“We have an organic fruit farm nearby, and also a herb garden,” she says. “We’ll highlight that in our PoS. For example, we’ll make a sign that says: ‘This lettuce is from two fields away’. Then we
will share that on social media, too.”
In some categories, highlighting that products are local can be more challenging. Hope works with four local meat suppliers – often buying direct from the farmer – and is looking to create stickers to promote the origins of each slice of meat.
Dial up the deals
Promotions are a great way to highlight innovative meal solutions. But once you’re beyond half-price ready meals, putting together effective deals can be a challenge. Someone might be buying products from several different categories: how can you stitch these together into a clear, enticing offer?
One easy solution is to match up products that sit beside each other anyway.
“We do pizza and garlic dough balls on two for £6,” says Bimal Patel. Elsewhere, mix-and-match freezer deals – on fish fingers and chips, or chicken and gravy – are a simple way to warm up sales in the frozen category.”
Another alternative is to pair up quality products that go well together, highlighting their compatibility with PoS. Bimal Patel promotes his premium Twyford soups with French baguettes at £4.
Product placement is important, too. Bimal Patel has placed a rack of quality wines next to his freezer of gourmet Cook ready meals. “People often grab the two together,” he says.
Similarly, cross-category merchandising can help customers create their own meal solution while also boosting sales for the retailer.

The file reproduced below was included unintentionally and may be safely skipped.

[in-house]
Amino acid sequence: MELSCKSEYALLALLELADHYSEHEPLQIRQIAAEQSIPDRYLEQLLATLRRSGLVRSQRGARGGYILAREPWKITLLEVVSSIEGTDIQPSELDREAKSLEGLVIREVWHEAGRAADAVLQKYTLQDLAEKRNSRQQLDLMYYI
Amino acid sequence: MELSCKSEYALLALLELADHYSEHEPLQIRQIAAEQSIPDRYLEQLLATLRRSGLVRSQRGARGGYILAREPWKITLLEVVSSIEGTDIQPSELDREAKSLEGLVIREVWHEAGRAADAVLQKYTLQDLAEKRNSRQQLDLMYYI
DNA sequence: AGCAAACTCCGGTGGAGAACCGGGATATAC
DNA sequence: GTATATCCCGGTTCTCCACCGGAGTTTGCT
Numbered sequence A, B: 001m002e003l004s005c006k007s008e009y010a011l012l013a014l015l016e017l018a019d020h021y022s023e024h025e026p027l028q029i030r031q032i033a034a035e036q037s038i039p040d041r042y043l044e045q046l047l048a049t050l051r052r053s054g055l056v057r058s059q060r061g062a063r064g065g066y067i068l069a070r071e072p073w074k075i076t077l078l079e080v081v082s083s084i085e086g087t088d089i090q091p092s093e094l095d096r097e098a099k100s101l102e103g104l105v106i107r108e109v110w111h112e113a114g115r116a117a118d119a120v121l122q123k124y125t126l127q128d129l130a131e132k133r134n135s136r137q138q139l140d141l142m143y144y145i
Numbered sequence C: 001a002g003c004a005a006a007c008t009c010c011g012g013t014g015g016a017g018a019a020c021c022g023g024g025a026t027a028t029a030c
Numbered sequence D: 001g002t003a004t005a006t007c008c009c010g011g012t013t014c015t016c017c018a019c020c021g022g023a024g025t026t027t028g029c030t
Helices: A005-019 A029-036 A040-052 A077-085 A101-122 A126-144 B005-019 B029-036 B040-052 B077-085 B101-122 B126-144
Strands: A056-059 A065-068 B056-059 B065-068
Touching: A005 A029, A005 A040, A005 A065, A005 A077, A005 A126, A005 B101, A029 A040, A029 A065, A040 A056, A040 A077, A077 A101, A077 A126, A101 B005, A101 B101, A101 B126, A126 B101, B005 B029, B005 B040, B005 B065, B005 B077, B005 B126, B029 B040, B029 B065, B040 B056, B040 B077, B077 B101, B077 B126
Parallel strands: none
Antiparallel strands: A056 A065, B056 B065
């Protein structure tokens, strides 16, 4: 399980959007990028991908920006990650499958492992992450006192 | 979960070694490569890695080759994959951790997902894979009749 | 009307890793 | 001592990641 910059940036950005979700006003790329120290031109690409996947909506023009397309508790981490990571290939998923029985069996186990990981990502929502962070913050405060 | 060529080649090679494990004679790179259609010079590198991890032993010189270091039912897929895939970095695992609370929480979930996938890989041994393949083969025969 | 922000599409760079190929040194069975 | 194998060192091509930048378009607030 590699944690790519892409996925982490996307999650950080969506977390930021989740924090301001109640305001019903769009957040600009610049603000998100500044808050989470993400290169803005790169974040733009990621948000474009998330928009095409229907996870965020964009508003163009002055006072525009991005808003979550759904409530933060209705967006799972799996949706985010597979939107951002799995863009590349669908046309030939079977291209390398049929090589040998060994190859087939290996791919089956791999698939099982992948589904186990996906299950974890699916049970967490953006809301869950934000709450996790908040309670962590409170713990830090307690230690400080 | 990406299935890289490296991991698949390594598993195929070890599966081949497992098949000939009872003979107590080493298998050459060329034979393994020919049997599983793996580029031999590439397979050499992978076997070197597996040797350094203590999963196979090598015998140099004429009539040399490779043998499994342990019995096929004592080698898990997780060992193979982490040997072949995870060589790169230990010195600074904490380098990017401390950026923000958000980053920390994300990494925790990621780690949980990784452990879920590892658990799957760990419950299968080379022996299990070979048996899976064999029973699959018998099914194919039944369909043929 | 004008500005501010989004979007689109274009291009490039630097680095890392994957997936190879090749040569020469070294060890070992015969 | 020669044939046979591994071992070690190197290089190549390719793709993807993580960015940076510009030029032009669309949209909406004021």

“We’ve put a sauce, meat and pasta in a basket for £5, next to the fresh veg, which encourages them to buy some veg to cook into the sauce, too,” says Jimmy Patel.
However, such cross-category merchandising can be made difficult by the layout of your store.
If the products are all in different areas, then promoting them together becomes pretty difficult. Jimmy Patel, who is in the middle of planning a refit, is taking this into account as he sketches his new store layout.
“The chilled section is key for the future,” he says. “I would like to make more space there to bring together meal ingredients, and merchandise them together.”
Retailer views: Top tips from our retailers
Identify whether your customers prefer fresh or frozen products and then cater for them
Londis Finsbury Park
Give customers frozen meal deals, like pizza and garlic dough balls on two for £6
Hopes of Longtown
Talk to your customers and help them with their evening meal choices